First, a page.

Hopefully any nausea or vomiting you’ve experienced should be beginning to subside although some women experience it throughout the whole of their pregnancy. If you feel as though vomiting is out of control speak to your midwife. Occasionally, pregnant women can suffer from constant sickness that leaves them dehydrated and needing IV fluids, known as hyperemesis gravidarum.

Many women experience occasional bouts of dizziness and/or feeling faint. This is partly due to high levels of progesterone that causes increased blood flow to your pelvic area and your baby, subsequently leaving other areas of your body with decreased blood pressure. Women typically also have lower blood sugar levels during pregnancy. Eating regularly, standing up slowly and ensuring that you get plenty of rest can all help with dizziness.

The risk of miscarriage lowers significantly after 12 weeks and, although it is perfectly natural to feel anxious about your pregnancy, many women find reaching the twelfth week of pregnancy reassuring.

Symptoms to Watch Out For

Vaginal bleeding is not uncommon. When it is not associated with menstrual pain it does not harm the pregnancy although it is called a threatened miscarriage. Bleeding may continue for some days but generally changes from bright red to dark red to brown before it disappears. In some cases a bruise is seen on the placenta on ultrasound scan: this is called a subchorionic haematoma. The dark red bleeding is likely to be persistent if this is present. Always seek reassurance and talk to your midwife if you experience bleeding in your pregnancy. It may be nothing but it’s always best to check.

If you have bleeding in early pregnancy and you have associated severe abdominal pain you are at a high risk of miscarriage. In about 40% of cases there is shown to be a fetal abnormality incompatible with life. Unfortunately if a miscarriage has begun, there is nothing you can do to stop it.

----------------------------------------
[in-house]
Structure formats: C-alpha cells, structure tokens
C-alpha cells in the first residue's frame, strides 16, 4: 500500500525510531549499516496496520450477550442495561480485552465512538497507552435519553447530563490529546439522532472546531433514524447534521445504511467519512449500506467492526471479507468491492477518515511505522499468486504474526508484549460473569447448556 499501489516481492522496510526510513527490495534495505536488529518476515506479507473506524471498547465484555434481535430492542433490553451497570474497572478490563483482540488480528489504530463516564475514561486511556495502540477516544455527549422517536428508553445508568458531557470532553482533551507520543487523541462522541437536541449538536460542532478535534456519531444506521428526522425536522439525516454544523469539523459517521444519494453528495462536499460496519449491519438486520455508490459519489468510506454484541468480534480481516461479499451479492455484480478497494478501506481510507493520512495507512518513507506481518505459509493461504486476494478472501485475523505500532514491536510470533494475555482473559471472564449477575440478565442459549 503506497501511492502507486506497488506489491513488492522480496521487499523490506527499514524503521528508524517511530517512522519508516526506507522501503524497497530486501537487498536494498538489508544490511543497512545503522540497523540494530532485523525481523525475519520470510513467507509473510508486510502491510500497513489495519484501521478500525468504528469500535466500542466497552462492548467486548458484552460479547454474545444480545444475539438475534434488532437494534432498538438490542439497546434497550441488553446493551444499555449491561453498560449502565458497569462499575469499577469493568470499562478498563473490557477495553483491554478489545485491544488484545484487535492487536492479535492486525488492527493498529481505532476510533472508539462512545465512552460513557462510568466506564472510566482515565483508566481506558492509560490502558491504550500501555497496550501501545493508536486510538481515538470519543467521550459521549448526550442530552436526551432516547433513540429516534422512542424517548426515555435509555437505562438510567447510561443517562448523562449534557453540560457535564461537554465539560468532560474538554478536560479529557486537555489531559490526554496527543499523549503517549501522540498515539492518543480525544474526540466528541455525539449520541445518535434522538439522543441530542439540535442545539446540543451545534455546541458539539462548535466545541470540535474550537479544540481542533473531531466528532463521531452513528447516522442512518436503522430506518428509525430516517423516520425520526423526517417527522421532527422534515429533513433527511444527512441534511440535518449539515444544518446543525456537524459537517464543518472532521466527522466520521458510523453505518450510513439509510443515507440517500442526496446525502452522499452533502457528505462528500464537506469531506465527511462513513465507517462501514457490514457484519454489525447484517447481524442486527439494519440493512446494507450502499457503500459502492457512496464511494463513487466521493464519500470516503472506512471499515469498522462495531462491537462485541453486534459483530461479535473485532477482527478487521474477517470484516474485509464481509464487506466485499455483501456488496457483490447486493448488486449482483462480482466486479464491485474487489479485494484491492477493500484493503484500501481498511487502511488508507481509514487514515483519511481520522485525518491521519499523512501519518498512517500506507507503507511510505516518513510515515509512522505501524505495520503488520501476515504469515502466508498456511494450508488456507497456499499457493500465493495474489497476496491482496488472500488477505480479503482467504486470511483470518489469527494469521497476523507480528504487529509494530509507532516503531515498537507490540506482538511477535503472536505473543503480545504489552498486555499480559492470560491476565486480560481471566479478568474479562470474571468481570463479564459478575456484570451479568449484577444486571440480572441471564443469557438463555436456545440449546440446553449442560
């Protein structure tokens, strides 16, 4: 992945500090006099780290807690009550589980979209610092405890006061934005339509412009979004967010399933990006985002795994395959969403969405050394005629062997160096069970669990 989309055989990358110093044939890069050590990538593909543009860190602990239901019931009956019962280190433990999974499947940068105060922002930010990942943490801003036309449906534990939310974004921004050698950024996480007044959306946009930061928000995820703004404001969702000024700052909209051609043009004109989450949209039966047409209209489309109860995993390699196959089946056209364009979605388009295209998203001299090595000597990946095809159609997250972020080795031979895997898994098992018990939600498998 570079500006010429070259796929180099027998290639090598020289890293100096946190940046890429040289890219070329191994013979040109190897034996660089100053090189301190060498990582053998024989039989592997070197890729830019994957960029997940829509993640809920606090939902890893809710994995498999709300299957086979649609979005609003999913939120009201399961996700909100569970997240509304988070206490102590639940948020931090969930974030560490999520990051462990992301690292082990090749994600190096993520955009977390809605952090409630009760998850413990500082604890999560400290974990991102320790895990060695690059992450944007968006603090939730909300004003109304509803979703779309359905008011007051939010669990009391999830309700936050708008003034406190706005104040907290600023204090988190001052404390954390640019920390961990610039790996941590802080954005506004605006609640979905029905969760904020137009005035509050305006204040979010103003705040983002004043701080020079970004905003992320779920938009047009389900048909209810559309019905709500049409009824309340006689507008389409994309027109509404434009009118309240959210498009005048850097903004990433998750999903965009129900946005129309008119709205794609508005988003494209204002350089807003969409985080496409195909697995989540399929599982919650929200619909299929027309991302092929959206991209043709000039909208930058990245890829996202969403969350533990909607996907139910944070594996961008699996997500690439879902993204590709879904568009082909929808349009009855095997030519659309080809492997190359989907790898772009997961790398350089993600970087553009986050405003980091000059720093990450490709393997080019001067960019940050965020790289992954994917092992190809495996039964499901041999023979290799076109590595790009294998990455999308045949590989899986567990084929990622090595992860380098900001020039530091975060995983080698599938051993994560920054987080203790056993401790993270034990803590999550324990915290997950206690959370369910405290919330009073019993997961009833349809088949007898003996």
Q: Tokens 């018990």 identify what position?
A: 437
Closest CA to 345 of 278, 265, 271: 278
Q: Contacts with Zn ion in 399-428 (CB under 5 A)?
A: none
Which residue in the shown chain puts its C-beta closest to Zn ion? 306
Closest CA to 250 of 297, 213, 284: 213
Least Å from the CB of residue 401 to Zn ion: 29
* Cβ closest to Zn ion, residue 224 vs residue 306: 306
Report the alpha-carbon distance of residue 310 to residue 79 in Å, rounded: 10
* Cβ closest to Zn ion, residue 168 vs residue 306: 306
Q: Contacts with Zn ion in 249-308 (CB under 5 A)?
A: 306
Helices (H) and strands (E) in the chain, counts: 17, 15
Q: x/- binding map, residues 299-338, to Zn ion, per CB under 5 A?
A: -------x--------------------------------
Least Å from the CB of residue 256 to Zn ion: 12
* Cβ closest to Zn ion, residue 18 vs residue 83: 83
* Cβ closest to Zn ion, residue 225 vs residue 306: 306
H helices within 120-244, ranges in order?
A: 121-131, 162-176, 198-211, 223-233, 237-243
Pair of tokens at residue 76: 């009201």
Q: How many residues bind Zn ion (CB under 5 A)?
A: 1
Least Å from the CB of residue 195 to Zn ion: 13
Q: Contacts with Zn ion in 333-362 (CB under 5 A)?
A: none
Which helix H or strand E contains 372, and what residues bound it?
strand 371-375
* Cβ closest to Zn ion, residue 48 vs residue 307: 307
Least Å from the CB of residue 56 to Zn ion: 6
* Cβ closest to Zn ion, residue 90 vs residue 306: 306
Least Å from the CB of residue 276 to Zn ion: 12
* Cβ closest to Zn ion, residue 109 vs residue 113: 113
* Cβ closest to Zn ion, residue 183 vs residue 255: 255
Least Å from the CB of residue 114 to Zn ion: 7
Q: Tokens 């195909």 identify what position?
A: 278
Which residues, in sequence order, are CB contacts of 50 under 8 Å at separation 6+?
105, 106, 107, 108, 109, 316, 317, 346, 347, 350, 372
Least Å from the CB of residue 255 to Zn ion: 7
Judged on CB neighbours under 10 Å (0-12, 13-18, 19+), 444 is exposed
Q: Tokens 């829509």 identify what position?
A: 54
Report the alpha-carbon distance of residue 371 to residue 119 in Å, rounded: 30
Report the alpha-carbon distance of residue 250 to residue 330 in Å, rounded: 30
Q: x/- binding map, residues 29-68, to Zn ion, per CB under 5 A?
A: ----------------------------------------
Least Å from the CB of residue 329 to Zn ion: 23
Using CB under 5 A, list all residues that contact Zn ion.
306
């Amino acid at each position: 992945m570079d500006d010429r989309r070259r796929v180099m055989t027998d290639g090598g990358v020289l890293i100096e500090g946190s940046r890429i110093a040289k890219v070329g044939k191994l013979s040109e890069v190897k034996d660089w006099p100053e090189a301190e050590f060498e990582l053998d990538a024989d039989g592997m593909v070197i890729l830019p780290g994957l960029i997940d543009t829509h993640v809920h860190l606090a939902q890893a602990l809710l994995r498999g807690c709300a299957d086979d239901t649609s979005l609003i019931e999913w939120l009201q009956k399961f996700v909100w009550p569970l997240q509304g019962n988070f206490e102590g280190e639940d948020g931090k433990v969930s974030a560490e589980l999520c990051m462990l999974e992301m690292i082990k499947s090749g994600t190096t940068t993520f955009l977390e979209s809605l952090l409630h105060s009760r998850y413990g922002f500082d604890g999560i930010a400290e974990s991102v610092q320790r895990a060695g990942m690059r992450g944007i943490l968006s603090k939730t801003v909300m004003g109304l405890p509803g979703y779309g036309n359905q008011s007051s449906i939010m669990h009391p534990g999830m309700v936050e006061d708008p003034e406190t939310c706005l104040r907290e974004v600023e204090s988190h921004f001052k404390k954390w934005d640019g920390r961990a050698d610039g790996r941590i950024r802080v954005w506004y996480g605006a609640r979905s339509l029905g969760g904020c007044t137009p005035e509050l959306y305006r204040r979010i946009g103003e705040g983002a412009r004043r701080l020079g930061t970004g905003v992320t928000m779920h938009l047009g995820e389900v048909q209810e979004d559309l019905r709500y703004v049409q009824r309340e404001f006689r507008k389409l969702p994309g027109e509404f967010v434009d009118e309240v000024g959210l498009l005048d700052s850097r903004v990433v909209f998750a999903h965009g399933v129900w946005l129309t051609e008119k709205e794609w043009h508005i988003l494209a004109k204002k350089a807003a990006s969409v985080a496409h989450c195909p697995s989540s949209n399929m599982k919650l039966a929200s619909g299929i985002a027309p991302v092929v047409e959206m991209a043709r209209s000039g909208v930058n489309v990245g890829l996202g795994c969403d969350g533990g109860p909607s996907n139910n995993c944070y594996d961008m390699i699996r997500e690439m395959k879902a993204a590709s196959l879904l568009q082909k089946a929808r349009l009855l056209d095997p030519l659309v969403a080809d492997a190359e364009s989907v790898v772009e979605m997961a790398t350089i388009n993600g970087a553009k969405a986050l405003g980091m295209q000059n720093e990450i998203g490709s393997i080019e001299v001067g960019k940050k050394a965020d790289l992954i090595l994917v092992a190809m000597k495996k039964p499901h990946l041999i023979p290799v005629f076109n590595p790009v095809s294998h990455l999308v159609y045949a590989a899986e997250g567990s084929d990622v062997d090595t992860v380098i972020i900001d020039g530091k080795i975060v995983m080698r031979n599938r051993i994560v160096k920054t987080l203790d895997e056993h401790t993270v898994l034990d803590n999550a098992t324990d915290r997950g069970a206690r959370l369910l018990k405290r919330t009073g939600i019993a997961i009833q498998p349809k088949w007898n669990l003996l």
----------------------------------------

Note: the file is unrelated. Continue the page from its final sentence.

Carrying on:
Your Care on the NHS

By now you should have had your booking appointment along with your “dating scan”. The ultrasound would have given you a more precise age of your baby. You’ll now have a definite due date although few babies are actually born on this day. If this is your first pregnancy it’s perfectly normal for your baby to be delayed by up to two weeks.

You may have already taken the combined test to determine the chances of chromosome disorders such as Down’s syndrome. Your results may not be back just yet but if they do show a high possibility with the ratios the NHS use, you may be offered a CVS or amniocentesis test. See our website for more details on this as it can provide some risk however there is an alternative that is completely safe.

Private Care Available

From week 9 you can take the Panorama and Harmony tests which test for chromosome abnormalities in the fetus. This is completely safe for the baby as it takes the results from your own blood. This can often eradicate the need for amniocentesis or CVS sampling which is why many mothers prefer it. It also delivers results from an early stage of the pregnancy. The Panorama test is available from week 9 which is an alternative that’s more suited for those who have conceived through IVF. Please talk to us or visit the website if you’d like to know more. These tests can be done as a single private service, there’s no need to have private care throughout your whole pregnancy to benefit.

At this stage you’ll also have the full support of your midwife so you can ask any questions you need to. You can book a further scan if you’d like to see how your baby is growing too. There are also nutritionists who can help you make the right choice with your diet so you feel at your best throughout the pregnancy while your baby thrives inside.

If you have decided to opt for private care throughout your entire pregnancy, you will be having appointments with a private midwife and obstetrician regularily, along with approximately one ultrasound scan a month to check on your baby's development.